Demodex 101

You might be surprised to learn that everyone has an elaborate microbiome of living microorganisms currently inhabiting their skin and eyelashes. What may be even more surprising is that one of the most abundant of these organisms is a microscopic mite known as demodex.

Although these mites are usually harmless, they can wreak havoc on your skin and eyes if too many of them are present. If you constantly struggle with dry, red, irritated eyes or rosacea, demodex could be to blame.

What Is Demodex?

What Is Demodex?

There are over 100 known species of demodex, but the two primary species that live on human skin and eyelashes are demodex folliculorum and demodex brevis [1]. Although there are slight differences between the two, these species are collectively referred to as “demodex,” as they both inhabit the hair follicles of human skin and lashes. Typically, demodex mites are found in about 12 percent of human hair follicles, where they exist unnoticed. However, when an infestation occurs, called demodicosis or demodicidosis, this percentage is much higher, and various skin and eye conditions can result [2].

Demodex and Your Eyes

Because demodex mites inhabit the hair follicles and sebaceous glands found at the base of the eyelashes, an infestation can have noticeable effects on your eye health. Demodex can negatively affect the quality of your tears, which can lead to an inflammatory eye condition called blepharitis [1]. You might have blepharitis if:

  • Your eyes are dry, red and itchy
  • You experience a gritty or burning sensation in or near your eyes
  • You have flaking skin near your eyelids or lash line
  • Your eyelids are crusty
  • Your eyes are sensitive to light
  • Your eyelashes are falling out

Demodex has also been linked with rosacea, a chronic skin condition characterized by red flushing of the skin and small pustules that can resemble acne lesions. Ocular rosacea affects one or both eyes and can have similar symptoms to blepharitis, including dry eyes, redness, blurred vision and a gritty sensation [3].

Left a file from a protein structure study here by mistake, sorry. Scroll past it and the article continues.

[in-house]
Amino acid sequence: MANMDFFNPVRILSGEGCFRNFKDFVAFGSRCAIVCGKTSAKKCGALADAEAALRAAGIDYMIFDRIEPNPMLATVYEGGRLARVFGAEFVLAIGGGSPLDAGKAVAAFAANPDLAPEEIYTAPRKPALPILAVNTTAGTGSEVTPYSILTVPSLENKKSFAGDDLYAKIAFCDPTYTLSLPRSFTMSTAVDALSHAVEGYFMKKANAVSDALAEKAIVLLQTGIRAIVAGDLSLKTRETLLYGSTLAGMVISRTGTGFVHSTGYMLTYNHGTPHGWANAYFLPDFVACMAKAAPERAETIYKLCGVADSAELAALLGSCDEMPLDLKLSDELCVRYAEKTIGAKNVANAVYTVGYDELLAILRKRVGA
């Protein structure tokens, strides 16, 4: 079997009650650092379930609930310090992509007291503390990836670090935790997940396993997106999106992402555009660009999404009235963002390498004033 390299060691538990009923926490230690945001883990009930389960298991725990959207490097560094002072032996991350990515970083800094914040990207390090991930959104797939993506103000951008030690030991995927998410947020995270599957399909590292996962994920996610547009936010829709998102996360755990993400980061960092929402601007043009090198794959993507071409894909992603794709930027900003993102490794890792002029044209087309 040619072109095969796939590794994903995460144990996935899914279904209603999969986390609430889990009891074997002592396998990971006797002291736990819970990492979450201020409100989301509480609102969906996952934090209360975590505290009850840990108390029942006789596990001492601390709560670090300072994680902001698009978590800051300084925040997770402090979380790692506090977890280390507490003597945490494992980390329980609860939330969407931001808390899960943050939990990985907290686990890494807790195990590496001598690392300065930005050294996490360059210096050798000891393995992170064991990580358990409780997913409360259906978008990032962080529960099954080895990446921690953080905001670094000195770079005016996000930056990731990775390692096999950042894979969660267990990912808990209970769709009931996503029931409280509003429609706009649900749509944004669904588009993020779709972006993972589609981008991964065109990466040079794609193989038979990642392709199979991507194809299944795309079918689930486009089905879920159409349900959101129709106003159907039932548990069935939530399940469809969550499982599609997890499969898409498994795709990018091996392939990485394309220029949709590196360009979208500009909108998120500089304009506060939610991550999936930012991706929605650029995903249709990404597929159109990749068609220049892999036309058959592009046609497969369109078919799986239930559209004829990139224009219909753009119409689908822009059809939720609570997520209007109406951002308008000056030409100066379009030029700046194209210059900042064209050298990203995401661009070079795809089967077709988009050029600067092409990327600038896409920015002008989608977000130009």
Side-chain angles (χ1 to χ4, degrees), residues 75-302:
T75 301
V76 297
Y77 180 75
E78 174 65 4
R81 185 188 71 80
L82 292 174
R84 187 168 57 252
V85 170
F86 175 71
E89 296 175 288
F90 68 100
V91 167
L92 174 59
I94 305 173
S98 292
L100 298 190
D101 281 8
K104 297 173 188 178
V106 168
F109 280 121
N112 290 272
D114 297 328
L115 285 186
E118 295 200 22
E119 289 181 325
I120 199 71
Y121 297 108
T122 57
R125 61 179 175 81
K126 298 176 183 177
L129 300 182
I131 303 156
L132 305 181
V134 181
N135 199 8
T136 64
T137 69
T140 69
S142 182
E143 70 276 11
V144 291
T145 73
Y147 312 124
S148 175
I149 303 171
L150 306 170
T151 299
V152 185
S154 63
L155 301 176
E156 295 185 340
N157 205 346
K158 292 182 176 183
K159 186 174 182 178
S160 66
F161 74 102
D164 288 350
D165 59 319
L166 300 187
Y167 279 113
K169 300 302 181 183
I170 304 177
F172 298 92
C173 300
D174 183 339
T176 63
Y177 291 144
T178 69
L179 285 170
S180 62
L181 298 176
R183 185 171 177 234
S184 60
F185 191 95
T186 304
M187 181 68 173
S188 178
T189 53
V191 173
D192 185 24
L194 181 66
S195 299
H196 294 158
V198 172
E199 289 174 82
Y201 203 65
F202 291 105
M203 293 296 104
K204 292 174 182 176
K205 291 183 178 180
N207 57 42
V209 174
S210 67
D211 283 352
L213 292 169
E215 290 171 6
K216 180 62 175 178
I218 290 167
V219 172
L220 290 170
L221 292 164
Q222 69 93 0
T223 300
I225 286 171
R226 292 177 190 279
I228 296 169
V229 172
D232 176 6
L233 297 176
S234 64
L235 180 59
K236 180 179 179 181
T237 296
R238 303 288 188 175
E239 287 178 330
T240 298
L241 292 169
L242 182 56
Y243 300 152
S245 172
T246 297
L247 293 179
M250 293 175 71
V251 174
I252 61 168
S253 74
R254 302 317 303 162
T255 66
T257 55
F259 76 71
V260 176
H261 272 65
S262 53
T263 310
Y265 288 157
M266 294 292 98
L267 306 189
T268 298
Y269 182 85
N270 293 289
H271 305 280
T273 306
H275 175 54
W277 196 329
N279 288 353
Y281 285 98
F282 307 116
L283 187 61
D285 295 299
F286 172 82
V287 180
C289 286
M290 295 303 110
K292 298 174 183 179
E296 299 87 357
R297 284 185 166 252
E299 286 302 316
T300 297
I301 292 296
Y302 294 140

How to Eliminate Demodex

How to Eliminate Demodex

Treating skin and eye problems related to an overpopulation of demodex can be a bit tricky because these mites have become resistant to many common cleansing solutions [4]. The key, then, is to use a product that can effectively kill demodex, rather than merely treat visible symptoms.

Tea tree oil has traditionally been considered one of the top treatments for blepharitis and other similar conditions. However, researchers have isolated a specific compound found in tea tree oil that is gentler and much more effective at eliminating demodex than pure tea tree oil [5]. It is called 4-Terpineol, and Cliradex is currently the only commercially available product that contains this compound in its isolated form.

When pure tea tree oil is used near the eyes, common side effects include stinging, burning and allergic reactions. 4-Terpineol, on the other hand, does not result in eye area irritation because it is sufficiently effective to be used in lower concentrations than pure tea tree oil.

Thus, cleansing your eyelids and eyelashes with a 4-Terpineol solution can help to control an overpopulation of demodex mites and reduce the symptoms of dry, red, itchy and uncomfortable eyes.

The Importance of Everyday Eye Care

Most of us brush our teeth and wash our faces on a regular basis, but few people have a regular eye care routine. One of the most effective and convenient ways to help manage conditions like blepharitis, ocular rosacea and other eye issues is to make sure we’re taking care of our eyes on a daily basis, regardless of the presence of symptoms.

Gently washing the delicate eye area with a cleanser specifically designed for this purpose is the first step to practicing good eye hygiene and keeping bacteria, mites and other potentially harmful substances out of your eyes.

[1] Review of Optometry

[2] Indian Journal of Dermatology

[3] Mayo Clinic

[4] British Journal of Ophthalmology

[5] Translational Vision Science and Technology